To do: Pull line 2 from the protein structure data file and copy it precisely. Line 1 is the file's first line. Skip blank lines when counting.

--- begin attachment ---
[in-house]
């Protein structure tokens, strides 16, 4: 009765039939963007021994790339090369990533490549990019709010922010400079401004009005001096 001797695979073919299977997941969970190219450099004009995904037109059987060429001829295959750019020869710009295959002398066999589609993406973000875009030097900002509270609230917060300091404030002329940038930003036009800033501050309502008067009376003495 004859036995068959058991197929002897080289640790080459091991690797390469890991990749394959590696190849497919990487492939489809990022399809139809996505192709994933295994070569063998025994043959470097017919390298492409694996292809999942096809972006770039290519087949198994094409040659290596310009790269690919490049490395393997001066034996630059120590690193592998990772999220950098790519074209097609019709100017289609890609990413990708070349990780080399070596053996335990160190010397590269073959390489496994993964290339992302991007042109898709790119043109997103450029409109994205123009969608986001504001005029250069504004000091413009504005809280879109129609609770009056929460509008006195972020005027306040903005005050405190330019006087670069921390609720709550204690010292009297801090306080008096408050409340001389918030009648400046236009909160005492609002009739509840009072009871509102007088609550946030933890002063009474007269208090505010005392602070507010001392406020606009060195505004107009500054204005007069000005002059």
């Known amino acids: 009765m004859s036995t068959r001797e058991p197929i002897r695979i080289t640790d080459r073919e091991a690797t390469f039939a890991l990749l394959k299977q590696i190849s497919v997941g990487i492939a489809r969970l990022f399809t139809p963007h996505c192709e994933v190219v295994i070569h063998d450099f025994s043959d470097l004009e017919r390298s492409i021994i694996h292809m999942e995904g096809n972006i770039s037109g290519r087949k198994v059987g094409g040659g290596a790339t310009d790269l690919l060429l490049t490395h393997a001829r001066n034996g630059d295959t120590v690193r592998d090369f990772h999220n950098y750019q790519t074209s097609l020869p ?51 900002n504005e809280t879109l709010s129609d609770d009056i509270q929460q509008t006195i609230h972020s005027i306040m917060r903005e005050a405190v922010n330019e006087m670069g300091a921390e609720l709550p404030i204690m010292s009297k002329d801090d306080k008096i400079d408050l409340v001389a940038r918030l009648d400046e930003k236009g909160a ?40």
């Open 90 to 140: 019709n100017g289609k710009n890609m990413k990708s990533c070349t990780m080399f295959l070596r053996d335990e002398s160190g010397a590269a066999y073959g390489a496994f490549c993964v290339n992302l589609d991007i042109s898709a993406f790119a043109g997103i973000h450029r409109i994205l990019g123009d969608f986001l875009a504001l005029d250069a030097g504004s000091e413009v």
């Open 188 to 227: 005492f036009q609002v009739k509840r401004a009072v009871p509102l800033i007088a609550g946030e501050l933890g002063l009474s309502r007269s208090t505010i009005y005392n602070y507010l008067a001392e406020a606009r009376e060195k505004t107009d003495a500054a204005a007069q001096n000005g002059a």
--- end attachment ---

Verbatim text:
């Protein structure tokens, strides 16, 4: 009765039939963007021994790339090369990533490549990019709010922010400079401004009005001096 001797695979073919299977997941969970190219450099004009995904037109059987060429001829295959750019020869710009295959002398066999589609993406973000875009030097900002509270609230917060300091404030002329940038930003036009800033501050309502008067009376003495 004859036995068959058991197929002897080289640790080459091991690797390469890991990749394959590696190849497919990487492939489809990022399809139809996505192709994933295994070569063998025994043959470097017919390298492409694996292809999942096809972006770039290519087949198994094409040659290596310009790269690919490049490395393997001066034996630059120590690193592998990772999220950098790519074209097609019709100017289609890609990413990708070349990780080399070596053996335990160190010397590269073959390489496994993964290339992302991007042109898709790119043109997103450029409109994205123009969608986001504001005029250069504004000091413009504005809280879109129609609770009056929460509008006195972020005027306040903005005050405190330019006087670069921390609720709550204690010292009297801090306080008096408050409340001389918030009648400046236009909160005492609002009739509840009072009871509102007088609550946030933890002063009474007269208090505010005392602070507010001392406020606009060195505004107009500054204005007069000005002059």